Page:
Cathay Pacific and Dragonair saw a modest increase in December passenger numbers but a year-on-year decline in Cargo and mail tonnage.
Cathay Pacific and Dragonair carried a total of 2,604,115 passengers in December – an increase of 3.3% compared to the same month last year. The passenger load factor was up 1.7 percentage points to 82.4%, while capacity, measured in available seat kilometres (ASKs), saw a 3.2% increase.
Over the course of 2013, the number of passengers carried rose by 3.3% compared to a capacity decrease of 1.8%.
The two airlines carried 139,608 tonnes of cargo and mail last month, a drop of 5.0% compared to December 2012. The cargo and mail load factor fell by 4.1 percentage points to 63.3%.
Capacity, measured in available cargo/mail tonne kilometres, increased by 1.8% while cargo and mail revenue tonne kilometres flown were down by 4.4%. The total tonnage carried in 2013 fell by 1.5% compared to the previous year, while capacity was up by 1.7%.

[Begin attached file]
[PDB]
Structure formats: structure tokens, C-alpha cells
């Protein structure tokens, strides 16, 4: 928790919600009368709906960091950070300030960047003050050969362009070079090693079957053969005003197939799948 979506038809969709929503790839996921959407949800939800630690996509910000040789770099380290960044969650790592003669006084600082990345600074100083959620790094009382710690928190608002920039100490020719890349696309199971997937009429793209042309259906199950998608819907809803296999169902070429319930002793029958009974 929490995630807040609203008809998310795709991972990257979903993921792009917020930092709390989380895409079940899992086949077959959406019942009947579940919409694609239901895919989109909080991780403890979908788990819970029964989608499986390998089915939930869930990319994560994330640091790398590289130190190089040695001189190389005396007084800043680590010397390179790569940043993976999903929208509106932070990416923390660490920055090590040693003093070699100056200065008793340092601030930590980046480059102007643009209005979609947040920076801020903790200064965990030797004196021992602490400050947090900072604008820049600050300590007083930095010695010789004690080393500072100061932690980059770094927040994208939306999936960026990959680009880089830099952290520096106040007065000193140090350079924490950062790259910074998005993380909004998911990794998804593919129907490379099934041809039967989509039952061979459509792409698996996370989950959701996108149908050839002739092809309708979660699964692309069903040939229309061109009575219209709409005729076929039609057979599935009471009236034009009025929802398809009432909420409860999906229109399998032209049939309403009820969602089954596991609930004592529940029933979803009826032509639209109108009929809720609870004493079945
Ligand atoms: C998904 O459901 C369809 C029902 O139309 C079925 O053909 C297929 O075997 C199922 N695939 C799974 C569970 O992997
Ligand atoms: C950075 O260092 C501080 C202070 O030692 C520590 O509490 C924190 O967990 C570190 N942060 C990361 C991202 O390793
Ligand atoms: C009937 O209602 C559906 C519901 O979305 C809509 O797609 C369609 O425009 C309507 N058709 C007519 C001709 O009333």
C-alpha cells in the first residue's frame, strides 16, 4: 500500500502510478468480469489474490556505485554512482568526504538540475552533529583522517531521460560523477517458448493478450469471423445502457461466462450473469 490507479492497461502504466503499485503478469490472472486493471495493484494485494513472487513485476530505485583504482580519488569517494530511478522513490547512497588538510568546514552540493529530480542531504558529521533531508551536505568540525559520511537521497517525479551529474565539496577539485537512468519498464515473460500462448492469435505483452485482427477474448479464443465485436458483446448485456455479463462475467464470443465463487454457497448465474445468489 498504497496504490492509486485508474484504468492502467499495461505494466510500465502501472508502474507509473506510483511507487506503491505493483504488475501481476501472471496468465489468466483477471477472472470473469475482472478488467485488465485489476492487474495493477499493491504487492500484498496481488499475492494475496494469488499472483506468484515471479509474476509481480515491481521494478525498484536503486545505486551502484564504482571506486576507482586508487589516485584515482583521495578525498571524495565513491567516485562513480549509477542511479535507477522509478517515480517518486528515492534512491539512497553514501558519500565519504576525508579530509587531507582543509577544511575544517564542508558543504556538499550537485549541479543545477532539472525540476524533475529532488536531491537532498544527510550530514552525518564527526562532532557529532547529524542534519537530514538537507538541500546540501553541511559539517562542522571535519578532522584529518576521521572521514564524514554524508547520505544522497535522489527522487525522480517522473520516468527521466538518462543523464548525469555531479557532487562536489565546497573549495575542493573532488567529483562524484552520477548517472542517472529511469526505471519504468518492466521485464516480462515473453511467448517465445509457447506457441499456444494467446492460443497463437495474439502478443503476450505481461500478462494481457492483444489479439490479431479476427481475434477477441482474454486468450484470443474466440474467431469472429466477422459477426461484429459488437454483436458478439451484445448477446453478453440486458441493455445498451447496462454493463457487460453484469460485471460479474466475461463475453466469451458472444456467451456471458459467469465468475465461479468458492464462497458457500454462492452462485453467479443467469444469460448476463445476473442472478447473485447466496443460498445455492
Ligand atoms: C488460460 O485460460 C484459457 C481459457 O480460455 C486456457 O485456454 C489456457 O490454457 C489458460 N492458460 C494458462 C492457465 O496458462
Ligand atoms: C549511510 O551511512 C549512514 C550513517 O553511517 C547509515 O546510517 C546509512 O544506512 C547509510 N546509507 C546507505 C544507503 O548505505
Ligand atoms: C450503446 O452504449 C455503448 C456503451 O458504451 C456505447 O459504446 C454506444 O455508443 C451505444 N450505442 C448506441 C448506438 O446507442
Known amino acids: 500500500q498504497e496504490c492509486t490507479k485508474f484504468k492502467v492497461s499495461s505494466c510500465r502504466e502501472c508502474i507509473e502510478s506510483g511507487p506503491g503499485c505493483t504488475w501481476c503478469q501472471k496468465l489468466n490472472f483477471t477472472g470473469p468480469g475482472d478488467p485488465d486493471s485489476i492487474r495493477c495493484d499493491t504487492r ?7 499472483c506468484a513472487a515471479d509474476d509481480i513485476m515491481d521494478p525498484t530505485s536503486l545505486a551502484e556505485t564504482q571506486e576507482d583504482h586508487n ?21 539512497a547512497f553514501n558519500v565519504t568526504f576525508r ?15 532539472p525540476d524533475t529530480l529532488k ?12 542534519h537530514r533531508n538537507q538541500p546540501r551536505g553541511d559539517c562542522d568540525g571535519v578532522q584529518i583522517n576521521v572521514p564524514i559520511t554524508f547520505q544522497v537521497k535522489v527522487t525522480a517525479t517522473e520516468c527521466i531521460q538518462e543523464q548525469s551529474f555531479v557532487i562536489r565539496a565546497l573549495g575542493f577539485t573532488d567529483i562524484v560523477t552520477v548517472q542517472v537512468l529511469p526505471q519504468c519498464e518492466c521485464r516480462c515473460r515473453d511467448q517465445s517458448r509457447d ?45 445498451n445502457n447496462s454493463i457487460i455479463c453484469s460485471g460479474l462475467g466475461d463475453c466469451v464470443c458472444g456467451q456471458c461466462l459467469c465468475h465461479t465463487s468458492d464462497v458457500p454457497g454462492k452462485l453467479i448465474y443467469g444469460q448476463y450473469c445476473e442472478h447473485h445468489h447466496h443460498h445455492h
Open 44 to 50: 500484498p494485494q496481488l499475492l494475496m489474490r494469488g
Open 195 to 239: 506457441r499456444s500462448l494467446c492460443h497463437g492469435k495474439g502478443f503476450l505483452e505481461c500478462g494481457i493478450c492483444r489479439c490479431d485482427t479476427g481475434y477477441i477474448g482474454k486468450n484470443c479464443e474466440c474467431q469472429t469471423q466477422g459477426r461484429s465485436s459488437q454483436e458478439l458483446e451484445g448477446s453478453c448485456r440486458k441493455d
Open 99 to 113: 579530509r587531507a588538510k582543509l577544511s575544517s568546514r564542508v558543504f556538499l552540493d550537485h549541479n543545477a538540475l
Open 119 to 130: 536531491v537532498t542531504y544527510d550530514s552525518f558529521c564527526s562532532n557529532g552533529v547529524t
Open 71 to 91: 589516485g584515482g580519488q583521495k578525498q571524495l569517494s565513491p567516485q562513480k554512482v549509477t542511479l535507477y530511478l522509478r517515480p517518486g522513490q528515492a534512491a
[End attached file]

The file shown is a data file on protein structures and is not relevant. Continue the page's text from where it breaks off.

Cathay Pacific General Manager Revenue Management James Tong said: “There was strong demand for leisure traffic in December, particularly out of our home market in Hong Kong, and we mounted additional flights in response. The busiest routes were Japan, Korea and holiday destinations in Southeast Asia, though many travellers cancelled journeys to Bangkok due to the political unrest in the city. Demand on long-haul routes also held up well, with an increasing number of people electing to travel in our Premium Economy Class cabin.”
Cathay Pacific General Manager Cargo Sales & Marketing Mark Sutch said: “After seeing strong demand throughout November, the seasonal airfreight peak began to fizzle out in mid-December. There were some late charter requests to capture last-minute pre-Christmas demand on the transpacific lanes, but by the third week in the month we had reduced our freighter schedule to pre-peak levels. We took delivery of three more Boeing 747-8F freighters in December as part of our ongoing drive to improve the efficiency of our operation, particularly on the key transpacific routes.”